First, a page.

About DYSPORT THERAPEUTIC (abobotulinumtoxinA)
DYSPORT THERAPEUTIC is an injectable form of botulinum toxin type A (BoNT-A), which is isolated and purified from Clostridium bacteria producing BoNT-A. It is supplied as a lyophilized powder.1
Ipsen is a global specialty-driven biopharmaceutical group focused on innovation and specialty care. The group develops and commercializes innovative medicines in three key therapeutic areas – Oncology, Neurosciences and Rare Diseases. Its commitment to oncology is exemplified through its growing portfolio of key therapies for prostate cancer, neuroendocrine tumors, renal cell carcinoma and pancreatic cancer. Ipsen also has a well-established Consumer Healthcare business. With total sales over €1.9 billion in 2017, Ipsen sells more than 20 drugs in over 115 countries, with a direct commercial presence in more than 30 countries. Ipsen’s R&D is focused on its innovative and differentiated technological platforms located in the heart of the leading biotechnological and life sciences hubs (Paris-Saclay, France; Oxford, UK; Cambridge, US). The Group has about 5,400 employees worldwide. Ipsen is listed in Paris (Euronext: IPN) and in the United States through a Sponsored Level I American Depositary Receipt program (ADR: IPSEY). For more information on Ipsen, visit www.ipsen.com.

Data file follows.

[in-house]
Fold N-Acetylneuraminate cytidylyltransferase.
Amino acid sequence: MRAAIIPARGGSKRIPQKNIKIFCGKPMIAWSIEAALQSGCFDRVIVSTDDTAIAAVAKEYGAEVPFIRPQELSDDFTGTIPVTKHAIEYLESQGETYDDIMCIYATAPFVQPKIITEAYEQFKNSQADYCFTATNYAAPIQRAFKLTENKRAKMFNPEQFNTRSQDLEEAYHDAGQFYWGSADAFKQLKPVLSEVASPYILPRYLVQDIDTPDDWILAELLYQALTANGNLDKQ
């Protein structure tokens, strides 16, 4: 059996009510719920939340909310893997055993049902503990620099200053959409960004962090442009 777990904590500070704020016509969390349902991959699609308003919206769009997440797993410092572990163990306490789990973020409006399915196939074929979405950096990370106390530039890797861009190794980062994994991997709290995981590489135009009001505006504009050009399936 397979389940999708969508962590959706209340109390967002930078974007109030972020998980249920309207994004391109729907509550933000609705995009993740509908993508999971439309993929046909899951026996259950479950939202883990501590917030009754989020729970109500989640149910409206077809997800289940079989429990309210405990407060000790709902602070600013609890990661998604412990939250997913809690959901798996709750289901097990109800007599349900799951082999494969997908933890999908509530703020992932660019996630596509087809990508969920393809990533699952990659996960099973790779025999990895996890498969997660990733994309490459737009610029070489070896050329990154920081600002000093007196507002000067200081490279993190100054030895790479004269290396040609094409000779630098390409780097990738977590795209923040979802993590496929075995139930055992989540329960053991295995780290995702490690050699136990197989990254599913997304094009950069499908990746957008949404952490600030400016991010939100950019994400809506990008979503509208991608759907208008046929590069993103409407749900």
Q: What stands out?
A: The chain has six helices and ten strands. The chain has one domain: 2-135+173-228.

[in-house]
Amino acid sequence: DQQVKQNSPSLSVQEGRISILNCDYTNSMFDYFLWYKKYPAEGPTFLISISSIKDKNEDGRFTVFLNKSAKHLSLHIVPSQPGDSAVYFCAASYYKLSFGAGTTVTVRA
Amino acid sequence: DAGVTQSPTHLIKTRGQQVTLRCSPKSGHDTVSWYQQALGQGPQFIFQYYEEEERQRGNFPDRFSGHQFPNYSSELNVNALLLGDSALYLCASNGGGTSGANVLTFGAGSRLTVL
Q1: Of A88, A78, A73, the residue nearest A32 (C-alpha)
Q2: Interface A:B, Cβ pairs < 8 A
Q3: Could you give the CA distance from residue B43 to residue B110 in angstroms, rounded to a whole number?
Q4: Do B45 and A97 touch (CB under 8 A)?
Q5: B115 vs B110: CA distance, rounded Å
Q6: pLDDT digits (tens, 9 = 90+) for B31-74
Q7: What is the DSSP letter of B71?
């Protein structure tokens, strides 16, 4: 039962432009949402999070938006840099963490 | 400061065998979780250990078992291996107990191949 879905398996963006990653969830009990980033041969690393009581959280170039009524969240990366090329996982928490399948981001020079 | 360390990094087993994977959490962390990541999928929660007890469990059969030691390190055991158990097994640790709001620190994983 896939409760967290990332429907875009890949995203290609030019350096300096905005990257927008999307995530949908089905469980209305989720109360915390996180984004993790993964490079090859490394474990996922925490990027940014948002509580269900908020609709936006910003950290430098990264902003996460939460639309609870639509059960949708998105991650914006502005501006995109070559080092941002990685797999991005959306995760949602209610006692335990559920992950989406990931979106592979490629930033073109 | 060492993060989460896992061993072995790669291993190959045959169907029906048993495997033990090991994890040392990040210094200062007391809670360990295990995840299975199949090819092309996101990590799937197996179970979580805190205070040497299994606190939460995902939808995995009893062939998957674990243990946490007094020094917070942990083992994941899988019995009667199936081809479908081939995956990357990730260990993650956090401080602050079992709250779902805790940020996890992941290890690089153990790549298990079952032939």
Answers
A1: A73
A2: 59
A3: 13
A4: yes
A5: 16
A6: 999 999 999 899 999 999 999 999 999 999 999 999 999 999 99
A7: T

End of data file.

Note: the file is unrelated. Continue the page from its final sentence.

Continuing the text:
About Ipsen Biopharmaceuticals Canada Inc.